in Rome, one of the largest of subterranean burial places, with eleven miles of galleries. [Ital. Hist.: Collier’s, IV, 458]
former monastery in central Spain; mausoleum of Spanish sovereigns. [Span. Hist.: NCE, 890]
Flanders Field
immortalized in poem; cemetery for WWI dead. [Eur. Hist.: Jameson, 176]
site of Civil War battle; cemetery for war dead. [Am. Culture: EB, IV: 515]
God’s Acre
Moravian graveyard in Winston-Salem, N.C., with 3,000 identical marble markers. [Am. Hist.: Collier’s, XIX, 471]
Grant’s Tomb
New York City burial place of General Ulysses S. Grant. [Am. Culture: EB, IV: 680]
Great Pyramid of Cheops
enormous Egyptian royal tomb. [World Hist.: Wallechinsky, 255]
Holy Sepulcher Jerusalem
cave where body of Jesus is said to have lain. [Christ. Tradition: Brewer Dictionary, 814]
cave where Abraham, Sarah, Isaac, Jacob are buried. [O.T.: Genesis 23:19, 25:9, 49:30, 50:13]
potter’s field
burial ground purchased with Judas’s betrayal money. [N.T.: Matthew 27:6–8]
Stoke Poges
village whose churchyard is thought to be the scene of Gray’s “Elegy.” [Br. Lit.: Benét, 966]
Taj Mahal
fabulous tomb built by Shah Jahan for wife. [Ind. Hist.: Wallechinsky, 317]
Tomb of Mausolus
Queen Artemisia’s spectacular memorial to husband. [World Hist.: Wallechinsky, 256]
Tomb of the Unknowns
in Arlington National Cemetery; commemorates nameless war dead. [Am. Hist.: Brewer Dictionary, 1118]
Westminster Abbey
abbey filled with tombs and memorials of famous British subjects. [Br. Hist.: EB, X: 632–633]
Allusions—Cultural, Literary, Biblical, and Historical: A Thematic Dictionary. Copyright 2008 The Gale Group, Inc. All rights reserved.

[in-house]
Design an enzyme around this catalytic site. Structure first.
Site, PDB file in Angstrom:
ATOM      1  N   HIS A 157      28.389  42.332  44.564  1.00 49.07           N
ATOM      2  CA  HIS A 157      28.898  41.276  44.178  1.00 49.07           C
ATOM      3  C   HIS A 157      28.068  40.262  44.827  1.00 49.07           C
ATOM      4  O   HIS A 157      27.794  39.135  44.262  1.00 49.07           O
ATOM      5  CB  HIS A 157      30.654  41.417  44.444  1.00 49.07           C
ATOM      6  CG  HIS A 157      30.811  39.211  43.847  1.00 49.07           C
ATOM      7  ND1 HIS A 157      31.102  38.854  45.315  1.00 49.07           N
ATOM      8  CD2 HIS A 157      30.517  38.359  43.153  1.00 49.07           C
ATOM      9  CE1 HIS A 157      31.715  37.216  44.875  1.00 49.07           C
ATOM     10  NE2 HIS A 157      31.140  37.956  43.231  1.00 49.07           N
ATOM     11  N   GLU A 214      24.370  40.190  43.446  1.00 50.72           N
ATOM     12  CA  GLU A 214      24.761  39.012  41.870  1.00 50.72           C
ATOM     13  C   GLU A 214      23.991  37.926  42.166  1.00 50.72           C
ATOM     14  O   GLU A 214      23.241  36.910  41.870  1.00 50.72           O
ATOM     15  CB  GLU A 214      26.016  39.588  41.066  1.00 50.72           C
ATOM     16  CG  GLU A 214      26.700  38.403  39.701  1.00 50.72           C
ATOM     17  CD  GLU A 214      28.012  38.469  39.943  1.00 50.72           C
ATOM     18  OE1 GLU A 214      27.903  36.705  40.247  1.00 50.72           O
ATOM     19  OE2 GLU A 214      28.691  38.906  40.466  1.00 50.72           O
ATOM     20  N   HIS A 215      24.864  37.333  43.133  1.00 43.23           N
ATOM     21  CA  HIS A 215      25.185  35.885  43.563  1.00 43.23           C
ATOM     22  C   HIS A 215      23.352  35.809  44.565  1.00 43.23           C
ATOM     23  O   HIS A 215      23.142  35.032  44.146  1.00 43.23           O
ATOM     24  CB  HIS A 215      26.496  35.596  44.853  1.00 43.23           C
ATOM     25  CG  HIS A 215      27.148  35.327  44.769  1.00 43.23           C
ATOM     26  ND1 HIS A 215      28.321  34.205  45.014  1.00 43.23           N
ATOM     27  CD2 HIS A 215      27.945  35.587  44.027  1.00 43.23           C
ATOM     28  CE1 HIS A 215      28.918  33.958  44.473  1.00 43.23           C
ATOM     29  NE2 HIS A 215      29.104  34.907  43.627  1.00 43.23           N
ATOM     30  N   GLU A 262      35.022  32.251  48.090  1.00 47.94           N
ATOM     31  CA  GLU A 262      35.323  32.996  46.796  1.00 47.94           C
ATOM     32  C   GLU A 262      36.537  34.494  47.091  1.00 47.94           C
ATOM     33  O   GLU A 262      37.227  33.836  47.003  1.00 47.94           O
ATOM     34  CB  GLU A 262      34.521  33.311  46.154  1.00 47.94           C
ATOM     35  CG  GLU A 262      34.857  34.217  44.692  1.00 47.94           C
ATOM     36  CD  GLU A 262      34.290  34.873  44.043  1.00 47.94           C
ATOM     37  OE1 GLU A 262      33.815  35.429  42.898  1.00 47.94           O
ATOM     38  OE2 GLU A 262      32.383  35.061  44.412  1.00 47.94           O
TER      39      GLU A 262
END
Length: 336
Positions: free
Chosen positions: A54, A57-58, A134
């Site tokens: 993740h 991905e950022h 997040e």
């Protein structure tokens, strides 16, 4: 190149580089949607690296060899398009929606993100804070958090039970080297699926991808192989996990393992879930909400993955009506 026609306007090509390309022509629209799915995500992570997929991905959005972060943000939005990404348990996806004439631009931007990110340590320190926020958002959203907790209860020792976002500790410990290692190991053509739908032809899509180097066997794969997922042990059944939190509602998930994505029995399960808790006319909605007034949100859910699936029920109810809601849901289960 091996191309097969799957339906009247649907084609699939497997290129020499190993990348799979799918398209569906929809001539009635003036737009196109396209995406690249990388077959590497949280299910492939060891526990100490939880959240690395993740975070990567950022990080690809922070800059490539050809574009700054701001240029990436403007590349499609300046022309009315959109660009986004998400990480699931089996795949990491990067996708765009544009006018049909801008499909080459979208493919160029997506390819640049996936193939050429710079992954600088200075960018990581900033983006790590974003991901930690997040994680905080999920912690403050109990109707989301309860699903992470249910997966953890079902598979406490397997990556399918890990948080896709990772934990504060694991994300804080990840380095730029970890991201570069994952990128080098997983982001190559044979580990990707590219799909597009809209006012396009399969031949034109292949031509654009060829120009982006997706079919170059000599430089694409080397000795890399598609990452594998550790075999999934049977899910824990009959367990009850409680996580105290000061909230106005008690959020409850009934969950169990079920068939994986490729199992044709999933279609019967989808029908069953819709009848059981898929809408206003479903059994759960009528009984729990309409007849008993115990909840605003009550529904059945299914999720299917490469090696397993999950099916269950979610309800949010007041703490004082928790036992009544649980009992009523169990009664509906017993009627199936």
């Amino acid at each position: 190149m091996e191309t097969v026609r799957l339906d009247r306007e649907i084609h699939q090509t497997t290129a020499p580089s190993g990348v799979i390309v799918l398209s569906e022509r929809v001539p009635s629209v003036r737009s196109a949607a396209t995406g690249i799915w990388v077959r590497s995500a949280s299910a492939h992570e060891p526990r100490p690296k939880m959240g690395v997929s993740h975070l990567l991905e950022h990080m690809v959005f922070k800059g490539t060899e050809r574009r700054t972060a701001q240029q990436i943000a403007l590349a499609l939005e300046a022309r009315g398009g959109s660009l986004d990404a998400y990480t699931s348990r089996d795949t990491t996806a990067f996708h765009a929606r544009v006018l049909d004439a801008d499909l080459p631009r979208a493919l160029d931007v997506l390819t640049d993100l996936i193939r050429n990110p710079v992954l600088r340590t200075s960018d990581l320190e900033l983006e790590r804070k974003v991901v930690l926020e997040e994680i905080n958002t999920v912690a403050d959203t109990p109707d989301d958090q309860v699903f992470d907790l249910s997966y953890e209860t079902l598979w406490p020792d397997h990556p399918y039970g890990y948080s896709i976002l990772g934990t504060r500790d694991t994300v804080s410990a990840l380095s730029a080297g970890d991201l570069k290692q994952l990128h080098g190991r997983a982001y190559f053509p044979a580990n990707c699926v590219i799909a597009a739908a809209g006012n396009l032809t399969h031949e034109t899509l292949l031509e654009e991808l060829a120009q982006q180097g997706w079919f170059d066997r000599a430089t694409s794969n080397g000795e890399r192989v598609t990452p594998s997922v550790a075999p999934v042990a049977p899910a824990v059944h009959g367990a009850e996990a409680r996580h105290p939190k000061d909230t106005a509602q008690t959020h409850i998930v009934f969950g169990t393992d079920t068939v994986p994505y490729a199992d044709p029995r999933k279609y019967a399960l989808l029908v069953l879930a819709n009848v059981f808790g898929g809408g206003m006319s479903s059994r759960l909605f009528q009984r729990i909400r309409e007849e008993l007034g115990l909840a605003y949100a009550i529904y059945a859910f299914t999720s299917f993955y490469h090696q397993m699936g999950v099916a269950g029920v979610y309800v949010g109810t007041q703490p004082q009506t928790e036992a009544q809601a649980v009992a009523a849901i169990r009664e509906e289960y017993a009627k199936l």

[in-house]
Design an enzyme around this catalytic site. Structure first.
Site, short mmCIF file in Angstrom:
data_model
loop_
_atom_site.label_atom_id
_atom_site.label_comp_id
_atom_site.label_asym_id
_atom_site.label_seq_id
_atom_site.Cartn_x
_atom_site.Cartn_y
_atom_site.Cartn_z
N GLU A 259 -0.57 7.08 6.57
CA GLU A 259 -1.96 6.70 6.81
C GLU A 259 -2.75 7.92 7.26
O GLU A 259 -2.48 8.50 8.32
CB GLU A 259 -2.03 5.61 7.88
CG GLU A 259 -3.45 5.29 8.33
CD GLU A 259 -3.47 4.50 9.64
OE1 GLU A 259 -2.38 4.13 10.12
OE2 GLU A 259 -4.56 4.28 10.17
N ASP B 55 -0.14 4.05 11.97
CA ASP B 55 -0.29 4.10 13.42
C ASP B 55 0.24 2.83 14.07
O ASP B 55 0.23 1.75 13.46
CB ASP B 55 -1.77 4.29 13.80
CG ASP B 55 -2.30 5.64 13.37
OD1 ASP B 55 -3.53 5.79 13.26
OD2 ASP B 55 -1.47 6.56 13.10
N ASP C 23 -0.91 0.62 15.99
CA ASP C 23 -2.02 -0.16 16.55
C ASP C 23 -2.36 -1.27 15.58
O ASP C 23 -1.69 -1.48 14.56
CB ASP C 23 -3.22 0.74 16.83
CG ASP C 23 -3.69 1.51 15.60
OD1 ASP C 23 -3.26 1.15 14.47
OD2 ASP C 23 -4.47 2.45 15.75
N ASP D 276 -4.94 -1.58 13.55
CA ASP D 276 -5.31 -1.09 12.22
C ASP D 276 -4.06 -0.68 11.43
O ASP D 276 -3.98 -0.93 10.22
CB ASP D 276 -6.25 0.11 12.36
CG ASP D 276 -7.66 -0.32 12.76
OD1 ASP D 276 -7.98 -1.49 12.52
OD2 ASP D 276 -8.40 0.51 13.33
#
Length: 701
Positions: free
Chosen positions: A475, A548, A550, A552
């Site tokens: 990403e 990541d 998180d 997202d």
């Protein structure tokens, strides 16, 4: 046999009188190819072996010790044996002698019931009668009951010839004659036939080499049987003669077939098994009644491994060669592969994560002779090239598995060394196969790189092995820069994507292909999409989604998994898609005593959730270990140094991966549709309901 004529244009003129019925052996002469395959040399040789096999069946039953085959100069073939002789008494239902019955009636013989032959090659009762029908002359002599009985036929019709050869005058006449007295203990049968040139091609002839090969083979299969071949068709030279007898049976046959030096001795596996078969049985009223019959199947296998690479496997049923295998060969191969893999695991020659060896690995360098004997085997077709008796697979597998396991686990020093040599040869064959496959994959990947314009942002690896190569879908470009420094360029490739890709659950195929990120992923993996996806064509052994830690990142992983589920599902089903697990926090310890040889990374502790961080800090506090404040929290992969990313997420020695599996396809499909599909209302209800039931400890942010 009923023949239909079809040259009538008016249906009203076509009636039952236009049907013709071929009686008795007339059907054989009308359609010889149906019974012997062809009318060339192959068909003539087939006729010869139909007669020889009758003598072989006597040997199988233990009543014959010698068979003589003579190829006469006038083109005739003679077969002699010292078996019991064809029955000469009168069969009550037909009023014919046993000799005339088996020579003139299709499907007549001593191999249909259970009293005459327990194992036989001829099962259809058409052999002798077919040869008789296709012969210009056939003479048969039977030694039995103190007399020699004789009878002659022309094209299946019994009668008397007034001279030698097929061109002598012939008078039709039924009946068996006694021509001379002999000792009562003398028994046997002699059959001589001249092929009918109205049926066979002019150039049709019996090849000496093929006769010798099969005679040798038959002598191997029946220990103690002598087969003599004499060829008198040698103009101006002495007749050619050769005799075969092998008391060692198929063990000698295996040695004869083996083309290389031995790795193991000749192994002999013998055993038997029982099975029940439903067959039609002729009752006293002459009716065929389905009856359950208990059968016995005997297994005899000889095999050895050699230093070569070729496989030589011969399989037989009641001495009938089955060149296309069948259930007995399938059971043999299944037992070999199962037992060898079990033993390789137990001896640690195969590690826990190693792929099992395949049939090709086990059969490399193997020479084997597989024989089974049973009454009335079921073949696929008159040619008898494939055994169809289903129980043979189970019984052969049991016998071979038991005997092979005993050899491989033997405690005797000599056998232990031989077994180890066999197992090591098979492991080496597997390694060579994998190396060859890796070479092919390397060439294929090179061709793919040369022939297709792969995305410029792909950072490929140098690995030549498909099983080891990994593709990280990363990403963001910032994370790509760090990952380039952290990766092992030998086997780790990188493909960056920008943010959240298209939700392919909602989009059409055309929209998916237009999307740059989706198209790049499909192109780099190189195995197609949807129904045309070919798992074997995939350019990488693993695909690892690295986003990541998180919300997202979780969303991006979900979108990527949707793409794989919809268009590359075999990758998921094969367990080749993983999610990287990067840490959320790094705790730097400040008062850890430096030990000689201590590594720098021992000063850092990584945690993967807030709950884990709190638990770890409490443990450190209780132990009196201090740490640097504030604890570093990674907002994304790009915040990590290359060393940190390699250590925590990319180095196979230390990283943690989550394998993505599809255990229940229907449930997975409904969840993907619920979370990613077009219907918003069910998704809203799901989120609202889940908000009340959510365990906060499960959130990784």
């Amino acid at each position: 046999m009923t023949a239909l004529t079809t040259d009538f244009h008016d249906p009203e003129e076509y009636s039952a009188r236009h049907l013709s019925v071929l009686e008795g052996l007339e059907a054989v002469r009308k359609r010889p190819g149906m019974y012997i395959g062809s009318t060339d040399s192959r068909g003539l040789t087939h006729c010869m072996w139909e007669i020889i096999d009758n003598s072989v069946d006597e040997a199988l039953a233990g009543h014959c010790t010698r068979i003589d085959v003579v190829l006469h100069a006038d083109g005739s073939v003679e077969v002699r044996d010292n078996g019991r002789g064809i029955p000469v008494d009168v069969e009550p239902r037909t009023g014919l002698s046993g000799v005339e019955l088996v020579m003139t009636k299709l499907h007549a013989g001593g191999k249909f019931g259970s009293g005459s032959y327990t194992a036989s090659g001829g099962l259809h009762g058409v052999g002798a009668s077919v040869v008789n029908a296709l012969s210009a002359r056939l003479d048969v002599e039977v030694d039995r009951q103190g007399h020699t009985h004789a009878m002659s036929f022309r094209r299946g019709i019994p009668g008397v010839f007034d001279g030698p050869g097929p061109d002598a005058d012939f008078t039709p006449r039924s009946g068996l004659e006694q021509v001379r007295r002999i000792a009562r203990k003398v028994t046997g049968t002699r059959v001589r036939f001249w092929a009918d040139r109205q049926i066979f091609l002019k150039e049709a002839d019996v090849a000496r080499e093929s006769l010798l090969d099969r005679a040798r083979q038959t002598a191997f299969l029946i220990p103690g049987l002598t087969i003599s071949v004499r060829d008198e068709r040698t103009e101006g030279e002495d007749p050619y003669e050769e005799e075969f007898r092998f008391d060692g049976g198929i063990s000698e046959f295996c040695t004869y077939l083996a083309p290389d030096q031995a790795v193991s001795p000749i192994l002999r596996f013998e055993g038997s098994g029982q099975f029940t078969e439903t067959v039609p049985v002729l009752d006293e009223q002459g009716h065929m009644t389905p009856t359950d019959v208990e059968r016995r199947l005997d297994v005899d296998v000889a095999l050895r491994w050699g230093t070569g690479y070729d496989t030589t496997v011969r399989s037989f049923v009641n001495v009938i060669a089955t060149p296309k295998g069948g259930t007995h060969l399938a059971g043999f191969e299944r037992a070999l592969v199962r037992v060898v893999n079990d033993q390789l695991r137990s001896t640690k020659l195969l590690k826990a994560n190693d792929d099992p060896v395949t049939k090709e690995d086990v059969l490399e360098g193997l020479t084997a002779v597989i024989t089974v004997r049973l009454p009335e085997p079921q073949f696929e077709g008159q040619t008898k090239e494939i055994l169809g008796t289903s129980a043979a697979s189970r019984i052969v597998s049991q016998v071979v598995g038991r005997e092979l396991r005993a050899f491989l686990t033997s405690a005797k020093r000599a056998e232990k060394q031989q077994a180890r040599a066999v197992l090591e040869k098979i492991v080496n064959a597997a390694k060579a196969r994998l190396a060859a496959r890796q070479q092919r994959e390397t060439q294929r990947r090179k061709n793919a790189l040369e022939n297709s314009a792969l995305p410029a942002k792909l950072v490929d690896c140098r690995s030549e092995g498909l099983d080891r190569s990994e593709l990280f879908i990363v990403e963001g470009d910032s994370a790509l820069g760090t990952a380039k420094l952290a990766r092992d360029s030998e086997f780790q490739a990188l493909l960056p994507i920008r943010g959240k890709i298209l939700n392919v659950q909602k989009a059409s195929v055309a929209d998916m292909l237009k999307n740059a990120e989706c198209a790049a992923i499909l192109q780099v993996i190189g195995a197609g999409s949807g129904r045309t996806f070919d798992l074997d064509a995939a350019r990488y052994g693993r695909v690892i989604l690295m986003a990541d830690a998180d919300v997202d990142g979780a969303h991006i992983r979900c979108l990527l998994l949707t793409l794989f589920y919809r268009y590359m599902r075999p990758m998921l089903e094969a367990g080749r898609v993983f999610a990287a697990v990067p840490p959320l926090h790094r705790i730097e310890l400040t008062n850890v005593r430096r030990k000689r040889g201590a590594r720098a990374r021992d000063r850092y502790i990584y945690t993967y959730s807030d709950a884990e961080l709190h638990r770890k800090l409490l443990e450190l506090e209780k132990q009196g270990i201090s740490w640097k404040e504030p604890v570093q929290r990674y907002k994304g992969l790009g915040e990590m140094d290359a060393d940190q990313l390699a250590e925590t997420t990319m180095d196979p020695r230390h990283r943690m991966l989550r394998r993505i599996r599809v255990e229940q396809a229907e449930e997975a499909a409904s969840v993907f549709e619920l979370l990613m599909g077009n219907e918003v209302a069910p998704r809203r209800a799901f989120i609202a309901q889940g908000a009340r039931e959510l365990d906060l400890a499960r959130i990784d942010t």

References in periodicals archive ?
"There is a Hindu crematorium and Christian cemetery beside the burial ground in St Inez.
The pub company has since gone on to make a further application to build a 339 square metre shop on top of the former burial ground, which the pub has been using as a car park next to homes in nearby Plough Court.
Kelly said burial ground workers removed items from all graves before a tractor mowed the grass, leaving them all in a bin behind a gate.
The new burial ground opens its doors to business from July 1, with the ceremonial buildings expected to be finished by January.
Rather than emulating the actual burial ground, the show garden will mimic the ground's garden where friends, relatives and anyone in the community can go for peace and reflection.
Miriam Defensor-Santiago creating a separate crime for the robbery of cemetery items or those committed in cemeteries, graveyards or burial grounds.
A paranormal detection agency was called in to carry out tests and found that an ancient burial ground or settlement could have been disturbed.
It continues: "For some reason town tradition holds that this spot was an Indian burial ground. It seems rather unlikely that English settlers would have chosen an Indian burial ground for their own.
The burial ground, developed by Monmouth-based company Native Woodland, centres on land at St Nicholas.
The 14-hectare Natural Burial Ground in the Green Belt between Greasby, Frankby and Irby met with fierce opposition from local residents.
Burial grounds enter into one of five categories, depending on their size.
But the main aim of the excavation was to uncover the boundary of a 17th century Quaker burial ground which existed on the site almost 200 years before the development of the Victorian cemetery.